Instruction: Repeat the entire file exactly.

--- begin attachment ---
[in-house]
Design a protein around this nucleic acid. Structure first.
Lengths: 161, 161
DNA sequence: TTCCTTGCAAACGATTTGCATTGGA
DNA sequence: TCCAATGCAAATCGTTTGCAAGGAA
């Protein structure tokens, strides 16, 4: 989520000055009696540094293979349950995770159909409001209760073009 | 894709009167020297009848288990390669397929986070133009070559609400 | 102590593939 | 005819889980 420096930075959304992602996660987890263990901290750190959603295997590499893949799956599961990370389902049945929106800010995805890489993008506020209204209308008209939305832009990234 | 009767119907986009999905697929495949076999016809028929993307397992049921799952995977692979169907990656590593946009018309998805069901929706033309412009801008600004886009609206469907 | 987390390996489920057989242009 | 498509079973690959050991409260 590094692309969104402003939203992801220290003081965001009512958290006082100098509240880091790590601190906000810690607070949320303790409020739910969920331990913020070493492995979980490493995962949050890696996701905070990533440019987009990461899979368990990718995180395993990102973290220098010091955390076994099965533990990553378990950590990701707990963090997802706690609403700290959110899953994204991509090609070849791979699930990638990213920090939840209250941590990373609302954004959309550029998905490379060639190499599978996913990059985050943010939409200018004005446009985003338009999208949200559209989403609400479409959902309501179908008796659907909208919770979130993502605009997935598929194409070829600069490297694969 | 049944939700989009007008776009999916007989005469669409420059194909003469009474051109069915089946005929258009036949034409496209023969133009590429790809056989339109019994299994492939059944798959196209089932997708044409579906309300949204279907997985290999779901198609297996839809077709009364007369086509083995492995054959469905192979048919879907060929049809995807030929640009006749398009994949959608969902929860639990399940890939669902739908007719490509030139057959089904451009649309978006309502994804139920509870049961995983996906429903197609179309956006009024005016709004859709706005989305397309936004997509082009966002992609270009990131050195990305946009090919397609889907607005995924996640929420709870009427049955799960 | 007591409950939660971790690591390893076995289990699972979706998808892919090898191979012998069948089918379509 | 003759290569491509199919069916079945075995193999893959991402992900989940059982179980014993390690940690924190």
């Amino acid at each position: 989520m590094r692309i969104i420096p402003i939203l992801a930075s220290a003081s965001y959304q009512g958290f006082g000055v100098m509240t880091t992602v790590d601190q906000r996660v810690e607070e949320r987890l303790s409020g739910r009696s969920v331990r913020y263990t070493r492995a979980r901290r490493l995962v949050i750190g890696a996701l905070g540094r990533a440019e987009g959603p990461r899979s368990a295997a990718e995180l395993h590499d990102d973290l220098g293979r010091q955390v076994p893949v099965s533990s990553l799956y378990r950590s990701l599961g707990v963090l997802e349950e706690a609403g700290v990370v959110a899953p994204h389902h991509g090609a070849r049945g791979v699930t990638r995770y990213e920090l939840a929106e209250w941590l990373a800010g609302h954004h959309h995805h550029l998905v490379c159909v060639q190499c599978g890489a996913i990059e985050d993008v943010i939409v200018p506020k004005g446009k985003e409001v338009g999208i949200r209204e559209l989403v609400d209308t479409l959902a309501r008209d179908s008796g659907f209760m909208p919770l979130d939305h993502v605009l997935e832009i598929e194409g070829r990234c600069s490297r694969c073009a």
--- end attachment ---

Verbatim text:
[in-house]
Design a protein around this nucleic acid. Structure first.
Lengths: 161, 161
DNA sequence: TTCCTTGCAAACGATTTGCATTGGA
DNA sequence: TCCAATGCAAATCGTTTGCAAGGAA
């Protein structure tokens, strides 16, 4: 989520000055009696540094293979349950995770159909409001209760073009 | 894709009167020297009848288990390669397929986070133009070559609400 | 102590593939 | 005819889980 420096930075959304992602996660987890263990901290750190959603295997590499893949799956599961990370389902049945929106800010995805890489993008506020209204209308008209939305832009990234 | 009767119907986009999905697929495949076999016809028929993307397992049921799952995977692979169907990656590593946009018309998805069901929706033309412009801008600004886009609206469907 | 987390390996489920057989242009 | 498509079973690959050991409260 590094692309969104402003939203992801220290003081965001009512958290006082100098509240880091790590601190906000810690607070949320303790409020739910969920331990913020070493492995979980490493995962949050890696996701905070990533440019987009990461899979368990990718995180395993990102973290220098010091955390076994099965533990990553378990950590990701707990963090997802706690609403700290959110899953994204991509090609070849791979699930990638990213920090939840209250941590990373609302954004959309550029998905490379060639190499599978996913990059985050943010939409200018004005446009985003338009999208949200559209989403609400479409959902309501179908008796659907909208919770979130993502605009997935598929194409070829600069490297694969 | 049944939700989009007008776009999916007989005469669409420059194909003469009474051109069915089946005929258009036949034409496209023969133009590429790809056989339109019994299994492939059944798959196209089932997708044409579906309300949204279907997985290999779901198609297996839809077709009364007369086509083995492995054959469905192979048919879907060929049809995807030929640009006749398009994949959608969902929860639990399940890939669902739908007719490509030139057959089904451009649309978006309502994804139920509870049961995983996906429903197609179309956006009024005016709004859709706005989305397309936004997509082009966002992609270009990131050195990305946009090919397609889907607005995924996640929420709870009427049955799960 | 007591409950939660971790690591390893076995289990699972979706998808892919090898191979012998069948089918379509 | 003759290569491509199919069916079945075995193999893959991402992900989940059982179980014993390690940690924190």
């Amino acid at each position: 989520m590094r692309i969104i420096p402003i939203l992801a930075s220290a003081s965001y959304q009512g958290f006082g000055v100098m509240t880091t992602v790590d601190q906000r996660v810690e607070e949320r987890l303790s409020g739910r009696s969920v331990r913020y263990t070493r492995a979980r901290r490493l995962v949050i750190g890696a996701l905070g540094r990533a440019e987009g959603p990461r899979s368990a295997a990718e995180l395993h590499d990102d973290l220098g293979r010091q955390v076994p893949v099965s533990s990553l799956y378990r950590s990701l599961g707990v963090l997802e349950e706690a609403g700290v990370v959110a899953p994204h389902h991509g090609a070849r049945g791979v699930t990638r995770y990213e920090l939840a929106e209250w941590l990373a800010g609302h954004h959309h995805h550029l998905v490379c159909v060639q190499c599978g890489a996913i990059e985050d993008v943010i939409v200018p506020k004005g446009k985003e409001v338009g999208i949200r209204e559209l989403v609400d209308t479409l959902a309501r008209d179908s008796g659907f209760m909208p919770l979130d939305h993502v605009l997935e832009i598929e194409g070829r990234c600069s490297r694969c073009a």